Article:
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How to find work-life balance

By October 24, 2022June 29th, 2023No Comments
There’s lots of talk about how work-life balance doesn’t exist.  And in lots of ways it’s true, if we think about balance as a very precise and absolutely equal state – then no, work-life balance doesn’t exist.

It’s simply not realistic for most of us to experience this – nor would we want to – it would surely mean that there wouldn’t be a lot of variety or flexibility in our work or our personal lives.

Is work-life balance a gender issue?

And often, work life balance is seen as something that women should aspire to achieve – and that we simply aren’t efficient enough if we don’t achieve it. It’s another thing that is “our fault” if we can’t perfectly balance work/home/kids/hobbies/managing a household – the list goes on.

Indeed, work-life balance IS a gender issue – far fewer men than women are reported to have concerns about work life balance (although this does appear to be slowly shifting)

And yet the majority of women I speak to, across different industries and at a range of career levels – from just starting out up to CEO – are all needing and wanting more balance. 

So what do we mean when we say we want more “work-life balance”?

The key is really getting clear about what this means to you as an individual – as it will be different for us all.
For the women I work with, it usually distills down to variations of the following –
  • Being able to leave work at work – eg not being expected to answer emails over the weekend and being able to mentally switch off from work
  • Having time to do the things that keep us well – eg sleep, exercise, hobbies, social connection etc
  • Having flexibility and autonomy over our time
  • Doing work that has meaning and purpose (even if it doesn’t feel like our own personal purpose)
Some of these things are dependent on the industry and culture within which you work – for example when I was a junior doctor I worked a lot of shifts including night shifts. I had no autonomy or flexibility regarding this and it was tricky to fit in all the things that kept me physically well simply because of the number of hours that I worked.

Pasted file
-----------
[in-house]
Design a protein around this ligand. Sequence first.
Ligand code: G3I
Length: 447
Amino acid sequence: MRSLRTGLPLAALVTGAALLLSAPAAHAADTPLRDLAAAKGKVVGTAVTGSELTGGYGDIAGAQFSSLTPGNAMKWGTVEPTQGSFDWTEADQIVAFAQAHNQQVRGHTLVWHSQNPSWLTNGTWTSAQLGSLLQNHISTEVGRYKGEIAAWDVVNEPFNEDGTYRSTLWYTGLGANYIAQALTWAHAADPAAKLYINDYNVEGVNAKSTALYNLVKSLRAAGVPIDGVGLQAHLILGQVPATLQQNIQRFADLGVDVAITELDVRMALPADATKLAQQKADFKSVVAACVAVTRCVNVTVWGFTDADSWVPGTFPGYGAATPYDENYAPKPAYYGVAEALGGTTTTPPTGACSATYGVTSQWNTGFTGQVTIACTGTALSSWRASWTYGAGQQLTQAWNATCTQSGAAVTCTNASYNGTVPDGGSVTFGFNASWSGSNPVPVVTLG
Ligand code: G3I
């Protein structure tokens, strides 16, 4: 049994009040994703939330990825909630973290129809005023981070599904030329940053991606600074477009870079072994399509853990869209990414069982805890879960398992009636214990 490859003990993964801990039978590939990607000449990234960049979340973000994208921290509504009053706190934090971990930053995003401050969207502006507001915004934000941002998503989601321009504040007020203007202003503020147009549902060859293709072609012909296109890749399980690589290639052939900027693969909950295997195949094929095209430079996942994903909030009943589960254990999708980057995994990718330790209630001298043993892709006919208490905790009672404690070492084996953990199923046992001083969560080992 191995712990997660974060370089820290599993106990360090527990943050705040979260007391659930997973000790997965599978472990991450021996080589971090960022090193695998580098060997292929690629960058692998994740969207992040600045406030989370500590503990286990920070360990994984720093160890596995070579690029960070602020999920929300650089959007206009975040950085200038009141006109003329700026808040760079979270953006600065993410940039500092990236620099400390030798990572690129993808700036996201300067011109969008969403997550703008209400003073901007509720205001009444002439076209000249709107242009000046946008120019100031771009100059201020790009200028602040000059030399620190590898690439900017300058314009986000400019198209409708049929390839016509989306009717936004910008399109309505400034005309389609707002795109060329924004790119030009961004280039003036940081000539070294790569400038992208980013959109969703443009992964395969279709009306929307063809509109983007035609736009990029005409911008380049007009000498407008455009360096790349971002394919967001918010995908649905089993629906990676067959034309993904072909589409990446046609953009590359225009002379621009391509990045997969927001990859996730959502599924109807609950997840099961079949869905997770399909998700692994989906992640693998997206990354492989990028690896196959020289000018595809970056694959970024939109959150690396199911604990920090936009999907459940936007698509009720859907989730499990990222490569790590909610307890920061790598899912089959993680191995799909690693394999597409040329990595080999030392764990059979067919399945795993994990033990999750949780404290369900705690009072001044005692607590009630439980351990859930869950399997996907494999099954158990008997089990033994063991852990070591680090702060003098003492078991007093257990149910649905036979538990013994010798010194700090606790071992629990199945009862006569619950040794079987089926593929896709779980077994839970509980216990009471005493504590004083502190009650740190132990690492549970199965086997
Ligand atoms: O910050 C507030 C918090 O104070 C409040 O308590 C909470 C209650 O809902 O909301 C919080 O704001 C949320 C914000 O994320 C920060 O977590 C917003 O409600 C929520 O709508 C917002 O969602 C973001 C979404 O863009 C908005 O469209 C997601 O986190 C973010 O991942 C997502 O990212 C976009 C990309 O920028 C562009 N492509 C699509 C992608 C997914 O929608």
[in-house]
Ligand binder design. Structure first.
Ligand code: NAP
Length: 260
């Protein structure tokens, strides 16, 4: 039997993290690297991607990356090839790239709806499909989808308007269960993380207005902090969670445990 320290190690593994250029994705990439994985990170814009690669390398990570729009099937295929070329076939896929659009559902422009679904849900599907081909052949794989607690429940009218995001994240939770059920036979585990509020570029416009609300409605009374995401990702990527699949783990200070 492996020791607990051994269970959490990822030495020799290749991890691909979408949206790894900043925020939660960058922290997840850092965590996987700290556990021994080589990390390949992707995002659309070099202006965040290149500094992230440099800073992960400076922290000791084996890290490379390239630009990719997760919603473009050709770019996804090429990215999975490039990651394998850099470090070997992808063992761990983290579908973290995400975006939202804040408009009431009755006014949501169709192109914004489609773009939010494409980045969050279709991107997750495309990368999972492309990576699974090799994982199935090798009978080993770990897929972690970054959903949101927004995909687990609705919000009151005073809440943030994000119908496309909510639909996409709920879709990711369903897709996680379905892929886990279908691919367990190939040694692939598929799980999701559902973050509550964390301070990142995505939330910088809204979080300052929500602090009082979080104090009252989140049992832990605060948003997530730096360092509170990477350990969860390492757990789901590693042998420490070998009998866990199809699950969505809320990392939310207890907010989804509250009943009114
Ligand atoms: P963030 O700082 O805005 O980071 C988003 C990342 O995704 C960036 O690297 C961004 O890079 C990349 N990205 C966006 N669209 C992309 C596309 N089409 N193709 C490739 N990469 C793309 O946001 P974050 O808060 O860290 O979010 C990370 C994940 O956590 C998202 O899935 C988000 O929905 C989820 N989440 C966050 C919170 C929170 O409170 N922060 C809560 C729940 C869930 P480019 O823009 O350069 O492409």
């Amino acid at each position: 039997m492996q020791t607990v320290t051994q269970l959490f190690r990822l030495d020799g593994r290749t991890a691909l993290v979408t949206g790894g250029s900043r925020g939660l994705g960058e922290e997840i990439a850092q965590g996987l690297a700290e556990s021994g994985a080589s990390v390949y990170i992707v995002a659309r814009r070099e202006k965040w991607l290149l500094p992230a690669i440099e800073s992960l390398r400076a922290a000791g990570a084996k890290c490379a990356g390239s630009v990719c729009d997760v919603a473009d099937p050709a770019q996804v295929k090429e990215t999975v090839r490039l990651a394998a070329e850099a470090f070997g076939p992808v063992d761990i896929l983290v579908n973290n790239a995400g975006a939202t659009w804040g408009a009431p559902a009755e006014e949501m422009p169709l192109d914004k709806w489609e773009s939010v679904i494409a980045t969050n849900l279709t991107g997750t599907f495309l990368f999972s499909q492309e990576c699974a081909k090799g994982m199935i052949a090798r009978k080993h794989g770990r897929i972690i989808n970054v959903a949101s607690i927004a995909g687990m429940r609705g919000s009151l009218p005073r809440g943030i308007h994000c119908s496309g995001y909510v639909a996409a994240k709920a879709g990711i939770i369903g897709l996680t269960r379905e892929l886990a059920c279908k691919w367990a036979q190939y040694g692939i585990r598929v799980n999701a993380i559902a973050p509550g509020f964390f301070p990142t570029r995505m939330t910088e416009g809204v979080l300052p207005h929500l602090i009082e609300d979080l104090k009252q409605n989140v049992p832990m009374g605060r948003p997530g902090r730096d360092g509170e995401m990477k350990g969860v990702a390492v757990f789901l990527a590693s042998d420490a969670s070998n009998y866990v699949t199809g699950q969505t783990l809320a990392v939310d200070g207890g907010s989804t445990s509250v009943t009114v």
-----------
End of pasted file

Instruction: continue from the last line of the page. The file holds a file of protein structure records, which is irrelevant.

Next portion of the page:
This wasn’t something that I had a lot of control over and it was seen and accepted as part of the job.  There are lots of other examples of this inbuilt lack of work-life balance across all sectors, not just in medicine.

But some parts of work-life balance ARE in our personal control

These often relates to our own habits, boundaries and intentions for ourselves regarding what we want our work-life balance to look like.  These topics can bring up some uncomfortable feelings initially.

My 1-1 work in relation to this supports the development of boundaries and building self belief, so that my clients feel supported to put actually put this into practice and create a work life balance that works for them.

And if you are in a leadership position yourself – identifying what your work-life balance looks like and putting this into practice gives your team the invaluable permission to do this for themselves.
The thing about balance is that it’s never truly equal.  Sometimes we will need to concentrate more of our energy on our home and personal responsibilities, sometimes a big project at work will mean that more of our attention is needed there. And then the balance shifts again.
It’s about having some fluidity and acceptance of this ever changing flow, whilst at the same time being clear on what our minimum “baseline” is.

Work-life harmony?

I’ve seen some people refer instead to “work life harmony”, “work- life integration” and “work-life fit” – maybe you could choose to use one of these terms if this suits you better?



1.  What number would you give your current work life balance on a scale of 0-10  (0 being awful, 10 being amazing)?

2.  What does your ideal 10/10 work-life balance look like?  

  • What would be your working hours?
  • Where would you work?
  • What flexibility would you have?
  • Would you have a lunch break?  What would you do on this break?
  • Where would you find connection with others?
  • How would you manage your e-mail etc in the evenings?

3.  What changes could you make to take your current work life balance score up 1-2 points (eg if it is a 5/10, what would make it a 7/10

4.  What would you like to change first? 

  • What do you need to put in place to make this happen?
  • What conversations do you need to have?
  • What support do you need to do this?

5.  What else is important here, if anything?  

Even the act of getting clear about where we are and what we personally need can be so powerful.  And for lots of us, it isn’t always about making big career changes (unless that’s what you want) but is instead more about making smaller intentional changes, step by step.

I’d love to hear what came up for you in relation to this.  If you have any questions at all about work-life balance, then feel free to contact me here